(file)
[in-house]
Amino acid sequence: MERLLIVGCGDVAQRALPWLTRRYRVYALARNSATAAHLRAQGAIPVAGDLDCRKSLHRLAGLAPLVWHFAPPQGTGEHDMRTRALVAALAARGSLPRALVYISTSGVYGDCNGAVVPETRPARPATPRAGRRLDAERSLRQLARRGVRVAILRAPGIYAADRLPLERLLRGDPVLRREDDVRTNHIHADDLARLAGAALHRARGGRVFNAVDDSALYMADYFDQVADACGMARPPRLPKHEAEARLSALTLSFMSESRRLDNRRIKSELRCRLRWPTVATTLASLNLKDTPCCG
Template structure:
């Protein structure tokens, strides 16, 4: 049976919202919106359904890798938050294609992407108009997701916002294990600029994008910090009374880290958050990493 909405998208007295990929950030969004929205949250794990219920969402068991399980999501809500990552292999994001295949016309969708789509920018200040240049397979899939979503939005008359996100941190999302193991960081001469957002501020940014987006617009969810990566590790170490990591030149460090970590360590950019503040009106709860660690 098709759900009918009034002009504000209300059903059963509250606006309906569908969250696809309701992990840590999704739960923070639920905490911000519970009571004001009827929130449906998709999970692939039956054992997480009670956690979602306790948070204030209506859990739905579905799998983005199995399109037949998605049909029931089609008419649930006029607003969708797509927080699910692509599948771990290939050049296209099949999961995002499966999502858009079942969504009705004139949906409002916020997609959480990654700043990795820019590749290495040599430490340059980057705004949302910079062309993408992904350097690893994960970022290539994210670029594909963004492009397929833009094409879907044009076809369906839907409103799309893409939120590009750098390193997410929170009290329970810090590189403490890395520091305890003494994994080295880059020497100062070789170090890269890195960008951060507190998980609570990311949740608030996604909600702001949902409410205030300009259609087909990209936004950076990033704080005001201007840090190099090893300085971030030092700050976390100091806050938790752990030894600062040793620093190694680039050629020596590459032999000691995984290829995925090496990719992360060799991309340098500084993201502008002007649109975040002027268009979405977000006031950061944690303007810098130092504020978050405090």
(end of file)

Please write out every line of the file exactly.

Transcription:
[in-house]
Amino acid sequence: MERLLIVGCGDVAQRALPWLTRRYRVYALARNSATAAHLRAQGAIPVAGDLDCRKSLHRLAGLAPLVWHFAPPQGTGEHDMRTRALVAALAARGSLPRALVYISTSGVYGDCNGAVVPETRPARPATPRAGRRLDAERSLRQLARRGVRVAILRAPGIYAADRLPLERLLRGDPVLRREDDVRTNHIHADDLARLAGAALHRARGGRVFNAVDDSALYMADYFDQVADACGMARPPRLPKHEAEARLSALTLSFMSESRRLDNRRIKSELRCRLRWPTVATTLASLNLKDTPCCG
Template structure:
């Protein structure tokens, strides 16, 4: 049976919202919106359904890798938050294609992407108009997701916002294990600029994008910090009374880290958050990493 909405998208007295990929950030969004929205949250794990219920969402068991399980999501809500990552292999994001295949016309969708789509920018200040240049397979899939979503939005008359996100941190999302193991960081001469957002501020940014987006617009969810990566590790170490990591030149460090970590360590950019503040009106709860660690 098709759900009918009034002009504000209300059903059963509250606006309906569908969250696809309701992990840590999704739960923070639920905490911000519970009571004001009827929130449906998709999970692939039956054992997480009670956690979602306790948070204030209506859990739905579905799998983005199995399109037949998605049909029931089609008419649930006029607003969708797509927080699910692509599948771990290939050049296209099949999961995002499966999502858009079942969504009705004139949906409002916020997609959480990654700043990795820019590749290495040599430490340059980057705004949302910079062309993408992904350097690893994960970022290539994210670029594909963004492009397929833009094409879907044009076809369906839907409103799309893409939120590009750098390193997410929170009290329970810090590189403490890395520091305890003494994994080295880059020497100062070789170090890269890195960008951060507190998980609570990311949740608030996604909600702001949902409410205030300009259609087909990209936004950076990033704080005001201007840090190099090893300085971030030092700050976390100091806050938790752990030894600062040793620093190694680039050629020596590459032999000691995984290829995925090496990719992360060799991309340098500084993201502008002007649109975040002027268009979405977000006031950061944690303007810098130092504020978050405090």